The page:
So all in all; well done! I look forward to watch the next episodes to see what kind of show this is going to be; one long main story, or self- contained episodes. Both have merit in their own ways.
Agents of S.H.I.E.L.D. (2013)
Light-hearted, entertaining superhero show
The first half of the pilot was rather rushed and had some very obvious shortcuts in the form of exposition. There was little character development, instead the characters were introduced as little more than archetypes with a distinct function within the plot. The second half had some nice action sequences, some humour and looks to set up the show as "the new Warehouse 13".
None of that is bad.
I suspect the pace will be calmer, more deliberate, the exposition disappear, the characters will be fleshed out, and since Warehouse 13 (and Chuck)lost its light-heartedness and humour in the later seasons, SHIELD may fill an empty space in its place.
There is potential here, if the showrunners keep true to form and aim for that light entertainment action niche. I hope that is what happens; only time will tell.
Orphan Black (2013)
Suspenseful and believable science fiction
I have seen the first few episodes and I like this show. It has some interesting characters discovering the plot along with us, and this creates suspense and some humour along the way. It does not rely on CGI at all so that is not a concern, and the acting and dialogue are both "personified", adding to the realism.
Usually, "realism" is not the first thing you look for in a science fiction show, but Orphan Black is not set in the distant future in a galaxy far far away but here on earth right here and now. The science fiction premise is that of scientific experiments on humans that for all the general public knows could be going on right now in the real world. In this show, the consequences of this science is explored to its full extent, making Orphan Black "true science fiction".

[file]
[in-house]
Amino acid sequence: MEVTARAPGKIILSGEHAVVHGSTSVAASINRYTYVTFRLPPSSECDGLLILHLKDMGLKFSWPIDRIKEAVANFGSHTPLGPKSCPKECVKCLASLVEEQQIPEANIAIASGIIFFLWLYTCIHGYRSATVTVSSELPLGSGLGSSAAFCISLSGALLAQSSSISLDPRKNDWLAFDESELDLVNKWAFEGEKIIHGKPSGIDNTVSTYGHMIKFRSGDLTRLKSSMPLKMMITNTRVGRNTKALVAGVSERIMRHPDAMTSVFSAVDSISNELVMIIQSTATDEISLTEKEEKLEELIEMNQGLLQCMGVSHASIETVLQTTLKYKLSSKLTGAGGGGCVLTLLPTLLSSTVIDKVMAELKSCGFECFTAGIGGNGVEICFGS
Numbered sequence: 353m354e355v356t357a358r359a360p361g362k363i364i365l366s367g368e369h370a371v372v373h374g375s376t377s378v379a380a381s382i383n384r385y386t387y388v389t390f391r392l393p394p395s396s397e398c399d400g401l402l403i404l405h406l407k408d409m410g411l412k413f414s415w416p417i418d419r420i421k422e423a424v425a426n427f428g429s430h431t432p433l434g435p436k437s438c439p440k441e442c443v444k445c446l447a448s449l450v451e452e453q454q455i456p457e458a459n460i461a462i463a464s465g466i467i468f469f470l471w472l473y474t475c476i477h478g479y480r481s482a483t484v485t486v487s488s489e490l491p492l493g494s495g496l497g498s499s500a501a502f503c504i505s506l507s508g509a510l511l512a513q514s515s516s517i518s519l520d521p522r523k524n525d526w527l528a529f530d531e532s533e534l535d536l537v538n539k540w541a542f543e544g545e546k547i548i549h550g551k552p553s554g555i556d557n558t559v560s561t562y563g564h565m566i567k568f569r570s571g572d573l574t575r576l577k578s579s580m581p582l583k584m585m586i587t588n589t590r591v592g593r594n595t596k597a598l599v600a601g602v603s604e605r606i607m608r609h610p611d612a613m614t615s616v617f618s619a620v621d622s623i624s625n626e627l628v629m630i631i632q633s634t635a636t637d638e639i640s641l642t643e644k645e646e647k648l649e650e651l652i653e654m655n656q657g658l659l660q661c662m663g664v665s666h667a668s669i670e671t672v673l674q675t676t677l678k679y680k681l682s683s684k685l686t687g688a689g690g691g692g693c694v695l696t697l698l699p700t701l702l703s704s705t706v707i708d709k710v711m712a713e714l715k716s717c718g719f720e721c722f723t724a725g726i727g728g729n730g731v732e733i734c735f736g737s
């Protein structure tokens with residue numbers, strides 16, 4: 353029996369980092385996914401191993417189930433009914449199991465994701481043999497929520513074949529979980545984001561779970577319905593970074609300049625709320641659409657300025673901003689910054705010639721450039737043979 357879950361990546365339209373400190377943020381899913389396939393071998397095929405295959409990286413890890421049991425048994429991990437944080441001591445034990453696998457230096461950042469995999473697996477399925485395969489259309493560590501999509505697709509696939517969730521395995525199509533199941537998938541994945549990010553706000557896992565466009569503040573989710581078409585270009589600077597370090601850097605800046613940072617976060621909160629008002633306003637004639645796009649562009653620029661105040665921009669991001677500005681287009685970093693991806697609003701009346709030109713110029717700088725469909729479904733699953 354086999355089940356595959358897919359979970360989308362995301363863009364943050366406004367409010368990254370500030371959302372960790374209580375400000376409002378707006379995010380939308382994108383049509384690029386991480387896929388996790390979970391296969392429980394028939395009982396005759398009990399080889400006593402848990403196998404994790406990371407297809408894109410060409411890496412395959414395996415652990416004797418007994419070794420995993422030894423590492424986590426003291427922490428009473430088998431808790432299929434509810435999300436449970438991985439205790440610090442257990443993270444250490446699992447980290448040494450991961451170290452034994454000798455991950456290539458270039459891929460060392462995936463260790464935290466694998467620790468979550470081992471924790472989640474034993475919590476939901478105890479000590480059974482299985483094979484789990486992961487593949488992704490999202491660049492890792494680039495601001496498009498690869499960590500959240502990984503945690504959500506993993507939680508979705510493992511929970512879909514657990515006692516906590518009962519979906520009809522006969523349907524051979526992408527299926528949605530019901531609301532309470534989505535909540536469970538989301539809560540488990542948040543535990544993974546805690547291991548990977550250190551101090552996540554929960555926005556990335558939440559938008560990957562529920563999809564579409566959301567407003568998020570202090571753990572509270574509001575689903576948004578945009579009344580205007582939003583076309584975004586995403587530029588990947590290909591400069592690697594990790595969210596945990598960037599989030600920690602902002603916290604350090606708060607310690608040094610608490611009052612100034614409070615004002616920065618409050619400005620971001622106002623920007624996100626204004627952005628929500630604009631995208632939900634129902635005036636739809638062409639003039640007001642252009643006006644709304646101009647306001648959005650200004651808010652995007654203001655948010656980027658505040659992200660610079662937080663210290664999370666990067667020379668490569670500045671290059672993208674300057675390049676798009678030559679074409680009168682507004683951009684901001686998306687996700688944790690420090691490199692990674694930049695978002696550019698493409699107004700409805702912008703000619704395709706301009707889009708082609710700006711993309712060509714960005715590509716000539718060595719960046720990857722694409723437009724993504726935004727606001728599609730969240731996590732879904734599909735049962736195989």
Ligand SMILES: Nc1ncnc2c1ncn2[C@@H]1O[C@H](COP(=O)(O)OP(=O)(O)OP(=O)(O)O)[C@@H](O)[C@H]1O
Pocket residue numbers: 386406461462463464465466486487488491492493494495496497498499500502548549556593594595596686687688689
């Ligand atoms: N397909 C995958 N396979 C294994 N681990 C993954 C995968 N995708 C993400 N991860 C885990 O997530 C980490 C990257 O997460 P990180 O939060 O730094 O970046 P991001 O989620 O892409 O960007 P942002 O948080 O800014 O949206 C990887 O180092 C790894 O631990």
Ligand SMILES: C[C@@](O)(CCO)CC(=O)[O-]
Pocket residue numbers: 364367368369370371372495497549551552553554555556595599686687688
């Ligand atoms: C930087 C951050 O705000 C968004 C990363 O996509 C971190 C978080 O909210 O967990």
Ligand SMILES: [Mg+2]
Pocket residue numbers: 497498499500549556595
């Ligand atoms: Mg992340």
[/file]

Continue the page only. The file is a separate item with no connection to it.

This means that the show could have been written by Phillip K. Dick, and that is a good thing.
Orphan Black is a science fiction show that may appeal to other demographics as well because of its down-to-earth storytelling, so could this be the TV-show that "saves" the genre?
Hemlock Grove (2013)
The pilot confused me.
Not so much because I didn't understand what was going on, more that the show used all the Gothic tricks in the book and I couldn't identify a storyline. The acting, the dialogue, the cinematography all seemed good, though, so I decided to watch the second episode - give it a second chance.
The second episode toned down the imagery and symbolism quite a few notches and I got a much better hold on each of the characters. There is a lot of foreshadowing to things that are going to happen in the future, but we aren't actually told what that is. If someone asked me what the show is about, I would have problems answering with brevity.